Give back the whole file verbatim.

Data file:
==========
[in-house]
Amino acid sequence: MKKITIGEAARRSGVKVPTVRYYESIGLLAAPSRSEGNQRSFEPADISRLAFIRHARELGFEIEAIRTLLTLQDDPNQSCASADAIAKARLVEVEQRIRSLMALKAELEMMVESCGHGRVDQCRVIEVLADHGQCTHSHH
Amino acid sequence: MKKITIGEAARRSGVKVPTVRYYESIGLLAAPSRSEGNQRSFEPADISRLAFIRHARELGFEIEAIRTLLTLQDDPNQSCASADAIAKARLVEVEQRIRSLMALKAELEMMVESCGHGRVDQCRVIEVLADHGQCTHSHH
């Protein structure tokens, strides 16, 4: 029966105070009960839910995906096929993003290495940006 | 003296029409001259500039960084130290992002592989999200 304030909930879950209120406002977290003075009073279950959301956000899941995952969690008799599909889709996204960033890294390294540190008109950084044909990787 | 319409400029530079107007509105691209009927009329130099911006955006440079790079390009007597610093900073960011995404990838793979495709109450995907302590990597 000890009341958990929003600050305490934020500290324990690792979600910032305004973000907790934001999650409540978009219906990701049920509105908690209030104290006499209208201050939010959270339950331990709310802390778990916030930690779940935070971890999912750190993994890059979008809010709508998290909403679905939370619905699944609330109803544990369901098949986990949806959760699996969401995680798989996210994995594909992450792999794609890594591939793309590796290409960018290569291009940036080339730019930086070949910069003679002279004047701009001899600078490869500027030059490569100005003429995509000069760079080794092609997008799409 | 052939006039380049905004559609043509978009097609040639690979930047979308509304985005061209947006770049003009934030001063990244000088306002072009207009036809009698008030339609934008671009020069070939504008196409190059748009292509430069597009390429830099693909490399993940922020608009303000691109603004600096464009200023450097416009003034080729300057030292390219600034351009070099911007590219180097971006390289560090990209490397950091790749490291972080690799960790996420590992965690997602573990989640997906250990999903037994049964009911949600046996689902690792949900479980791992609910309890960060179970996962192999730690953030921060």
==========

[in-house]
Amino acid sequence: MKKITIGEAARRSGVKVPTVRYYESIGLLAAPSRSEGNQRSFEPADISRLAFIRHARELGFEIEAIRTLLTLQDDPNQSCASADAIAKARLVEVEQRIRSLMALKAELEMMVESCGHGRVDQCRVIEVLADHGQCTHSHH
Amino acid sequence: MKKITIGEAARRSGVKVPTVRYYESIGLLAAPSRSEGNQRSFEPADISRLAFIRHARELGFEIEAIRTLLTLQDDPNQSCASADAIAKARLVEVEQRIRSLMALKAELEMMVESCGHGRVDQCRVIEVLADHGQCTHSHH
């Protein structure tokens, strides 16, 4: 029966105070009960839910995906096929993003290495940006 | 003296029409001259500039960084130290992002592989999200 304030909930879950209120406002977290003075009073279950959301956000899941995952969690008799599909889709996204960033890294390294540190008109950084044909990787 | 319409400029530079107007509105691209009927009329130099911006955006440079790079390009007597610093900073960011995404990838793979495709109450995907302590990597 000890009341958990929003600050305490934020500290324990690792979600910032305004973000907790934001999650409540978009219906990701049920509105908690209030104290006499209208201050939010959270339950331990709310802390778990916030930690779940935070971890999912750190993994890059979008809010709508998290909403679905939370619905699944609330109803544990369901098949986990949806959760699996969401995680798989996210994995594909992450792999794609890594591939793309590796290409960018290569291009940036080339730019930086070949910069003679002279004047701009001899600078490869500027030059490569100005003429995509000069760079080794092609997008799409 | 052939006039380049905004559609043509978009097609040639690979930047979308509304985005061209947006770049003009934030001063990244000088306002072009207009036809009698008030339609934008671009020069070939504008196409190059748009292509430069597009390429830099693909490399993940922020608009303000691109603004600096464009200023450097416009003034080729300057030292390219600034351009070099911007590219180097971006390289560090990209490397950091790749490291972080690799960790996420590992965690997602573990989640997906250990999903037994049964009911949600046996689902690792949900479980791992609910309890960060179970996962192999730690953030921060």